After much intervening life, the Wooldridges and many other people from that time are still kicking, and using their hard-won experiences to keep doing what they love.  And I love that they are doing that.  It gives me hope; it renews my determination when it had been flagging the past few weeks.  Time is running out, yes; as it runs out for all of us.  For some it runs out sooner; for me it was a near thing.  But not yet, not yet; and, as ever, I am still looking to music to renew my spark and make me smile.

For a little time, at lest.  And really, what more can you ask?

Thank you, Scott and Brian Wooldridge and the other musicians on stage tonight.   You did your job well and I thank you….



Tales From The Bootlegger’s Ball

Well, I know I’ve been AWOL.  So I am going to have to work on the schedule of what I want most to write about, rather than be strictly chronological.   To help, I will use a numerical value to help understand which day of the 11-day Summerfest I am referring to, to wit:


Today was a bit hot, and I had work to do, so we got down a bit late; but in plenty of time to catch our first target, local ska stalwarts Max and the Invaders. They’ve been playing in various incarnations around town for 30 years; I’m sure I’ve seen them here and there, because I’ve been seeing live local music since moving to Milwaukee in 1983.

Man, they are fun. Reggae, ska and calypso, with a rocking “O-bla-di” cover.  And they were winging CDs into the crowd, which came in pretty hot but no one was injured.  They also threw monkeys into the crowd during “Monkey Man”.  Here’s my catch, along with my other swag from the night:

IMG_2733 (1).jpg

They had a great slot, nearly two hours before local reggae long-timers King Solomon and one of the Marleys was up after that.  King solomon was also really great.

I am not much of a food blogger, but I want to mention that I was a bad bad zombie, and I had something called a Twister Dog. 1/4 lb hot dog wrapped in a spiral cut potato, deep fried and covered with cheese sauce, beer-candied bacon, a jalapeño sauce and a sriracha drizzle.  Fuck YOU, traitorous cardiovascular system!  Messy, yes, but really quite tasty.


Also, we tried the Deep Fried Brandy Old Fashioned.  Is there anything more Wisconsin than deep frying an after-dinner drink?  the answer is none.  None more Wisconsin.

So after eating that delicious, bad food, and listening to some great reggae, we moved to our favorite place:  The Rebel Stage.  Local music, volunteers, fun and only occasionally some morning puke; right on the lagoon and in some wonderful shade, and directly adjacent to the Lakefront Brewery serving tent.

There was a band called Uncle Ferguss’s Magic Whiskey Band.  They played pop and rock hits as Irish folk reels and jigs and they were GREAT.  Right after we got there, they play “Heroes” then “Hurt” then “Whiskey in the Jar” — the Metallica version.  And they finished with a mashup of Freebird, Carry On Wayward Son, and Come Sail Away.  Fricking GENIUS!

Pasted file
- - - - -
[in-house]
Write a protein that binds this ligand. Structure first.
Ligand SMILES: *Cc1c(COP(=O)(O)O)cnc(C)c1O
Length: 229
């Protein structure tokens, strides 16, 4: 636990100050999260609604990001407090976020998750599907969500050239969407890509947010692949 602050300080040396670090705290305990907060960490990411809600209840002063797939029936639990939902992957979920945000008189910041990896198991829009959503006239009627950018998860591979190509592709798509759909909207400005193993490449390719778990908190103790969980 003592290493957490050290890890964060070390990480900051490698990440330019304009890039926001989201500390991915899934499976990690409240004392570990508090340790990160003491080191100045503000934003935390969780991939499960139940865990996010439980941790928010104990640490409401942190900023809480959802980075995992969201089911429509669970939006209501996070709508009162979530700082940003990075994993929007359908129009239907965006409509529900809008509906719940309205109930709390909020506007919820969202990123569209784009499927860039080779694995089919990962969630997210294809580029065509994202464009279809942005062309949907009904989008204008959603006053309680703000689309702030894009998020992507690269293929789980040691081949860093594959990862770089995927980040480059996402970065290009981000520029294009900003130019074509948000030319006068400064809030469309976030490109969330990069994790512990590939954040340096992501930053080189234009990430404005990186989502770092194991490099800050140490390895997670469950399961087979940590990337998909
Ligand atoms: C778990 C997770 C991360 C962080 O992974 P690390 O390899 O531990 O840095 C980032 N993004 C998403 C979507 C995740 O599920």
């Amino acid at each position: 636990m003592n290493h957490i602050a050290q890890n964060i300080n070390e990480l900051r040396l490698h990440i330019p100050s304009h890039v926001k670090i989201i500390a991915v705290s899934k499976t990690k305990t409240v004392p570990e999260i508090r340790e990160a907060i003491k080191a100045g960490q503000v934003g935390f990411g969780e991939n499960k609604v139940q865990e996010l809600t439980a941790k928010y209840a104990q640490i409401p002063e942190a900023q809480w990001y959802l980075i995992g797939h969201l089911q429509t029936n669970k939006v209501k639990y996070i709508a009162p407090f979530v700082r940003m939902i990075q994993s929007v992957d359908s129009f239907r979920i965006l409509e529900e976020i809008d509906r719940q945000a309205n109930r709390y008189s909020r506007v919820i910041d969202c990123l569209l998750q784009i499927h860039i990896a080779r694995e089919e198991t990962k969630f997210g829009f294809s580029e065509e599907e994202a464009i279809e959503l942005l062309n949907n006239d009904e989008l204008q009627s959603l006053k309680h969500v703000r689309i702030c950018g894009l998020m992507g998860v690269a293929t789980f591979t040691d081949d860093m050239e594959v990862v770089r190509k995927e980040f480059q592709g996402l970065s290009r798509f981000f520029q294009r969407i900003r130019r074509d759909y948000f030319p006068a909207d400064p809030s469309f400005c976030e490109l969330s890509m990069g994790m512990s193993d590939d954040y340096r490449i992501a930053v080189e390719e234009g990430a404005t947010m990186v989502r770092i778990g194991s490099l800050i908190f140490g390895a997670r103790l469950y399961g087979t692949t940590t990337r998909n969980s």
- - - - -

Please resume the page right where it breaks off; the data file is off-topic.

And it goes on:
And after that was a Milwaukee Polka/ Hip-Hop band.  Yes, you heard that right.  November Criminals.  This is VERY NEARLY more Milwaukee than the deep-fried Brandy Old Fashioned (see above). I took a video, but FYWP wants me to pay actual cash zombie money to embed upload my own videos, and until y’all start paying for my bloghosting, you’ll have to find it on FaceHell or Twitter. But  They were very very fun, and I responded by buying the new Whiskey of the Damned CD and got some stickers….

We went on to see the Gin Blossoms.  We were supposed to catch up with one of my old college roommates, but he got waylaid by his teen daughters and their friends and he had to hang out in a far less-cool place.  Most hilarious text exchange: “wife couldn’t deal with the crowds, so I am in charge” “LOL. WHAT crowds?  This is an empty night…” “[thumbs down emoji]”

Gin Blossoms were good, as they always are. Two quibbles; the sound guy was fucking up the lead guitar, which was all but inaudible.  And the follow spot guy could not grasp the idea that sometimes you spotlight the guitarist or the drummer or whoever is doing something other than singing.

Yes, I know this is pedestrian and blow-by-blow music wangdoodling.  

But here’s the thing.

This was a Tuesday at Summerfest, the day after the Fourth of July. And after a good day of work, we saw an amazing array of bands.  Mixed genres, genders and races and a lot of fans that did, indeed, look like America.  I had someone apologize for standing in front of me, which is actually their right. We had a few beverages, some pretty good food, and awesome awesome music both local and national (and in some cases, international). I heard some new stuff, and learned some new stuff.